32. 32. Accurately mapping your interpretation Survey grid baseline Direction of GPR survey lines Copyright of RSK
    33. 33. Transfer into from each grid to CAD, and connect the dots Copyright of RSK
    34. 34. GPR in Everton Park Strong reflector indicative of bedrock. Data from topographical low where bedrock is shallow. Copyright of RSK November 18, 2013 34
    35. 35. GPR in Everton Park Two strong reflectors at different depths. Indicative of buried foundations. Copyright of RSK November 18, 2013 35
    36. 36. GPR in Everton Park Strong reflectors indicative of buried foundations. High amplitude hyperbolic reflection indicative of a buried utility service. Copyright of RSK November 18, 2013 36
    37. 37. Common pitfalls •Bad survey design  Wrong antenna(s)  Complicated grid layout  Insufficient coverage / density of coverage Copyright of RSK
    38. 38. Common pitfalls •Difficult ground conditions  Electrically conductive ground  Hetergeneous ground  Congested ground Copyright of RSK
    39. 39. Common pitfalls •Errors in interpretation  Not enough effort put in!  Lack of experience  Incorrect interpretation  Over or under interpretation Copyright of RSK
    40. 40. GPR Deliverables Factual Reflections from sharp boundaries between materials with contrasting electrical properties. Good plan and depth location control Interpretative Map view and depth view information on the presence of buried features Good control on geometry, sufficient in most cases to give confident interpretations Copyright of RSK
    41. 41. Commonly used (and useful) geophysical techniques Microgravity Stephen Owen & Richard Hodgson Copyright of RSK 41
    42. 42. Microgravity Copyright of RSK
    43. 43. Gravity data corrections instrument drift Free Air Bouguer Simple Bouguer + + + = reading correction anomaly anomaly Anomaly Copyright of RSK
    44. 44. Gravity data location Jane Herdman Building University of Liverpool Data courtesy of Prof Peter Styles Keele University (formerly of Liverpool University) Copyright of RSK November 18, 2013 44
    45. 45. Williamsons Tunnels, Liverpool In addition to the standard corrections, this data sets needed to have the effects of the local buildings, and the railway tunnel removed before the gravitational effects of the Williamson Tunnels were revealed. Data courtesy of Prof Peter Styles Keele University (formerly of Liverpool University) Copyright of RSK November 18, 2013 45
    46. 46. Gravity example Copyright of RSK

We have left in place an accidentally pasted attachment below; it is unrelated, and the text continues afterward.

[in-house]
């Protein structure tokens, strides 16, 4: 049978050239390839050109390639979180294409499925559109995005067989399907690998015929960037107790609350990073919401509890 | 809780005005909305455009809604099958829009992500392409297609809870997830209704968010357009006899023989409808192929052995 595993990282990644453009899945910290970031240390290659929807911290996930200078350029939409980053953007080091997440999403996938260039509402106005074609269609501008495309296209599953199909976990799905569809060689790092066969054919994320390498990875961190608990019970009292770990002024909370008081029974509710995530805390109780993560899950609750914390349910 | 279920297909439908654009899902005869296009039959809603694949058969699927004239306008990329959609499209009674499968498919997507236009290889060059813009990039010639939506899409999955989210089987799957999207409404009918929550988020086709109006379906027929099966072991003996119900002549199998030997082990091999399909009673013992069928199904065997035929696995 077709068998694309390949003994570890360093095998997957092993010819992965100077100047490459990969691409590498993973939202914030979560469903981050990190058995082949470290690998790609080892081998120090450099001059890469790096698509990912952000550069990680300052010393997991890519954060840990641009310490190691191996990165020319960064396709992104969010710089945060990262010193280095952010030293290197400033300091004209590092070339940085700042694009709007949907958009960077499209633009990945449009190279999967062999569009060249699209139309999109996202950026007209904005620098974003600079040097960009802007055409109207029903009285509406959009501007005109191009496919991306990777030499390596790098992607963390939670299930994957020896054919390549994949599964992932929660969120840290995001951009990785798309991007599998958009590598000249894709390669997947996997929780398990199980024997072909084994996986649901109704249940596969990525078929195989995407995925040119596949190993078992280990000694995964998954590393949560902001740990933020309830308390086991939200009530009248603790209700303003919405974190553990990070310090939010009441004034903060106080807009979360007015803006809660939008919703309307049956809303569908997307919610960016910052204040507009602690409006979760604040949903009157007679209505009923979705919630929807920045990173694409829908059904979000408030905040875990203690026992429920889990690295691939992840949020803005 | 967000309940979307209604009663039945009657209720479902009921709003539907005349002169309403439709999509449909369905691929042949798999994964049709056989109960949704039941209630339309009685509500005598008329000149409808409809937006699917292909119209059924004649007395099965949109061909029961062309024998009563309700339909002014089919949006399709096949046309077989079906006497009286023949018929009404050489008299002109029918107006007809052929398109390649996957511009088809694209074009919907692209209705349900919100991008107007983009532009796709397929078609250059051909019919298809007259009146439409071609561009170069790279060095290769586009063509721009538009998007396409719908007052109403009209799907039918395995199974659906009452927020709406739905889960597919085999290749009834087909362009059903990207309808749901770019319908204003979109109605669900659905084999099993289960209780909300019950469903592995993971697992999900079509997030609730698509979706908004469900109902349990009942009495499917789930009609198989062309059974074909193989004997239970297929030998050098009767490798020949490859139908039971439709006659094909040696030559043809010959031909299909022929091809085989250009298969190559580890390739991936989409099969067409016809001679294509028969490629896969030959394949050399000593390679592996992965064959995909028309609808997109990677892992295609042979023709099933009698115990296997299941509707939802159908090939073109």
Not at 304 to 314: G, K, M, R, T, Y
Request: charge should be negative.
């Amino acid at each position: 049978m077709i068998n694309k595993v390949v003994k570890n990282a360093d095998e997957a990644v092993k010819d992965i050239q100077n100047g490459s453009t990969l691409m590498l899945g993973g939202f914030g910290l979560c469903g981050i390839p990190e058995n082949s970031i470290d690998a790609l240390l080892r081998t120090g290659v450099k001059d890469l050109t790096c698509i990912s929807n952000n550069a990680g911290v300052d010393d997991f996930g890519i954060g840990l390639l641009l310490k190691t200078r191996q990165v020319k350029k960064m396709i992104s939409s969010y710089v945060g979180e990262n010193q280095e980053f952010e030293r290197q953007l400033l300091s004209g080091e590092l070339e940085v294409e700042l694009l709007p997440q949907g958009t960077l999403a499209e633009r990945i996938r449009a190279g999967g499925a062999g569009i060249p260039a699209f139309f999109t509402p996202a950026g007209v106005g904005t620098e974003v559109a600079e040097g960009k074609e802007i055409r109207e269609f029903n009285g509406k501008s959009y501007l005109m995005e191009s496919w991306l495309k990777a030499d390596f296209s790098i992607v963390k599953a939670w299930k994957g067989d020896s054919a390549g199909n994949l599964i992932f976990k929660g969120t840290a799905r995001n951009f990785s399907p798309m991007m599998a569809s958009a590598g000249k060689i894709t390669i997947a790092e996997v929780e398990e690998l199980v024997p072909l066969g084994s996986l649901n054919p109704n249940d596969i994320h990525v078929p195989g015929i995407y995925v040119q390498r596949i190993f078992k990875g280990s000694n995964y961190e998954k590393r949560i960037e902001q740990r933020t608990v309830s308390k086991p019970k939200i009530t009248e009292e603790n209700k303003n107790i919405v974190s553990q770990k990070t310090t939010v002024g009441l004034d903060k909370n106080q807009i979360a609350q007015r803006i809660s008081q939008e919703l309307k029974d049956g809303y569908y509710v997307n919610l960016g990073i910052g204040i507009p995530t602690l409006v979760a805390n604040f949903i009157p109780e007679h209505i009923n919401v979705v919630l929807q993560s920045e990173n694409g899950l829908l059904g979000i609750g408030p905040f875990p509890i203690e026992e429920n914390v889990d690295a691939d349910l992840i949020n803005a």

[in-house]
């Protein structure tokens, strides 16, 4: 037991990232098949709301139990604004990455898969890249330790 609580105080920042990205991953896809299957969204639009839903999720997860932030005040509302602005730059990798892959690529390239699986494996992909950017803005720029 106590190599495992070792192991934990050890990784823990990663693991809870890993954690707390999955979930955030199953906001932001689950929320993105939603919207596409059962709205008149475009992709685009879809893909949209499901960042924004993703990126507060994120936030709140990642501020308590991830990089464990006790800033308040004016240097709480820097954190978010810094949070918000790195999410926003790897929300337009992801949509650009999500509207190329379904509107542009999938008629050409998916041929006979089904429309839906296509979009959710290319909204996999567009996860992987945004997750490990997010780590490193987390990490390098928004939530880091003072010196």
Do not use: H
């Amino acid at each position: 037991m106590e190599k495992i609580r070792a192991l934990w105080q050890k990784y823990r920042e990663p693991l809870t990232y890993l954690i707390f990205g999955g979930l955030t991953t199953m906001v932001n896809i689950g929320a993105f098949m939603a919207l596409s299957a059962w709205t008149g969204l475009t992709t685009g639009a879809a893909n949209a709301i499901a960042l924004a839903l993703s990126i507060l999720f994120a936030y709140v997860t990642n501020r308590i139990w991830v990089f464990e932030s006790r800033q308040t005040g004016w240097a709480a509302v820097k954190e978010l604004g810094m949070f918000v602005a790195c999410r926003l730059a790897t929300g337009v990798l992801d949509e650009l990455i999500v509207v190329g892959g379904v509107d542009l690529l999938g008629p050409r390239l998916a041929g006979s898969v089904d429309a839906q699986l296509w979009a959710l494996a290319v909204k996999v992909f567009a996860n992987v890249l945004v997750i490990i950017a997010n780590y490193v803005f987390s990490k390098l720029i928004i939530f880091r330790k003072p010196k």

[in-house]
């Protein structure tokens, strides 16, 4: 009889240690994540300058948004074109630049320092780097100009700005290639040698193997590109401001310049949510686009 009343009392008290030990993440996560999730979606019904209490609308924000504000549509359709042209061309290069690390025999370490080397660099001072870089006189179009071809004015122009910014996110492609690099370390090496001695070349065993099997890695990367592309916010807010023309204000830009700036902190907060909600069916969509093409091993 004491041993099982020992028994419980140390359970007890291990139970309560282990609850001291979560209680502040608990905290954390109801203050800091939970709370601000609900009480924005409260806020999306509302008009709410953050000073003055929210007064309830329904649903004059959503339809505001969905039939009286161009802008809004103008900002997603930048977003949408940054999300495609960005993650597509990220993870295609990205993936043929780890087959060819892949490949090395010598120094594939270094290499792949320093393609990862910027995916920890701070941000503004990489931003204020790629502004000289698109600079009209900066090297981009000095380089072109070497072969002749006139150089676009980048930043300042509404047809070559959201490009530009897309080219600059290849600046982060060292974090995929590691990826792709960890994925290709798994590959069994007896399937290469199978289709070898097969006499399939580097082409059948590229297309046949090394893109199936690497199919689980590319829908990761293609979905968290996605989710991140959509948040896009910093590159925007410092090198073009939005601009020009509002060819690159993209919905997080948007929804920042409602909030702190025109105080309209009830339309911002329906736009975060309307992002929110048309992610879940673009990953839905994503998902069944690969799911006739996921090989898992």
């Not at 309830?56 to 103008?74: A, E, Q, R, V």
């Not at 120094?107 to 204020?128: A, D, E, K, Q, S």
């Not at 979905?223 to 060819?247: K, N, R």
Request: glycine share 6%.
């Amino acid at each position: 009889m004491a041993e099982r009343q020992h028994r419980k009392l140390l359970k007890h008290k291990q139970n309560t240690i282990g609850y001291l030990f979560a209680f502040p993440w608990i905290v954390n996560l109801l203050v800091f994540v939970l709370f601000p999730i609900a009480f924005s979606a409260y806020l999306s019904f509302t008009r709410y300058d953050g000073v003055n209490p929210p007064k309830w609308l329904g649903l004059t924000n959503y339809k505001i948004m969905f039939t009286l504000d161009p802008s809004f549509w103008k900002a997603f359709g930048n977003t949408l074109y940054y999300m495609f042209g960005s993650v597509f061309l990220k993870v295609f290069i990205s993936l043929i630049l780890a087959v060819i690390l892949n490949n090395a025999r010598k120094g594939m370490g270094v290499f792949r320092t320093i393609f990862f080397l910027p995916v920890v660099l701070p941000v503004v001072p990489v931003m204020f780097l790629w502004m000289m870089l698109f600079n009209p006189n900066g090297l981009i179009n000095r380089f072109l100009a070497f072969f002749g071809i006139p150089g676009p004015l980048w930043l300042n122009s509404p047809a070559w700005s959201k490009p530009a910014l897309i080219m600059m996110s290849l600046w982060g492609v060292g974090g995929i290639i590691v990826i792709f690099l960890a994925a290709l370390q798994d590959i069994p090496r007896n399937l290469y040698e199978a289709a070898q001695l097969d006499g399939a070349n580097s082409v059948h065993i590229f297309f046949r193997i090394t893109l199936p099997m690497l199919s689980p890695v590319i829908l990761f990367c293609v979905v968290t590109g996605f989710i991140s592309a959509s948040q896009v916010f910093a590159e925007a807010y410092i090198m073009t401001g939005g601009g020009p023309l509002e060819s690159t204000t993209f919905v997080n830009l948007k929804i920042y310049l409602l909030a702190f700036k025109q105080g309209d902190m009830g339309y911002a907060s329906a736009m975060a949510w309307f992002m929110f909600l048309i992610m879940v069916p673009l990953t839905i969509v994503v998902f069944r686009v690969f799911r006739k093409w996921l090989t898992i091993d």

47. 47. Gravity example 2 1 3 4 5 reisdual Bouguer anomaly (mGal) school building 6 0m Copyright of RSK 50m
    48. 48. DP4 1 2 2 3 3 1 2 4 depth (m) depth (m) 4 5 5 4N 8 100 9 DP7 N1 00 5 10 15 DP9 5 N10 0 10 15 20 25 DP10 1 1 2 3 N1 00 10 2 3 5 1 2 3 4 4 4 4 5 5 6 6 6 7 7 7 8 8 8 8 9 9 5 5 9 DP8 2 20 7 9 9 25 6 8 8 20 3 7 7 15 2 6 7 6 10 1 5 6 N100 3 5 N1 00 10 15 20 25 1 2 4 1 3 depth (m) dept h (m ) 3 5 dept h (m ) 1 DP5 5 dept h (m ) 5 dept h (m ) DP3 N1 00 5 10 depth (m) DP2 4 5 6 5 DP6 school building 0.09 5 1 0.04 0.03 -0.01 -0.02 -0.08 -0.09 8 -0.1 9 Copyright of RSK 6 7 5 N1 00 10 15 DP12 1 2 3 5 1 2 4 5 -0.13 DP11 3 -0.03 -0.04 -0.05 -0.06 -0.07 -0.1 1 -0.12 10 2 0.02 0.01 0 N10 0 3 4 5 depth (m) DP1 dept h (m) 0.08 0.07 0.06 0.05 dept h (m ) reisdual Bouguer anomaly ( mGal) existing doline 4 6 5 6 6 7 7 8 8 9 9 0m 50m 15
    49. 49. Common pitfalls •Poor data quality •Incomplete processing •Over processing •Topographic corrections •Assumptions made in interpretation Copyright of RSK
    50. 50. Benefits •The only technique that measures what a void is – absence of mass •Can look deep (it’s a passive technique) •All surface (and above surface) features can be removed from the data Copyright of RSK
    51. 51. Limitations •Complex subsurface gives complex data •Relatively slow to acquire data, so perceived as more expensive •Resolution decreases with the depth of the feature Copyright of RSK
    52. 52. Gravity Deliverables Factual A map of the variation in the Earth’s gravitational field, corrected to remove latitude, earth tide, height, and topographic effects Interpretative Variations in the density of the subsurface Models of causative bodies, and estimates of geometry and volume Copyright of RSK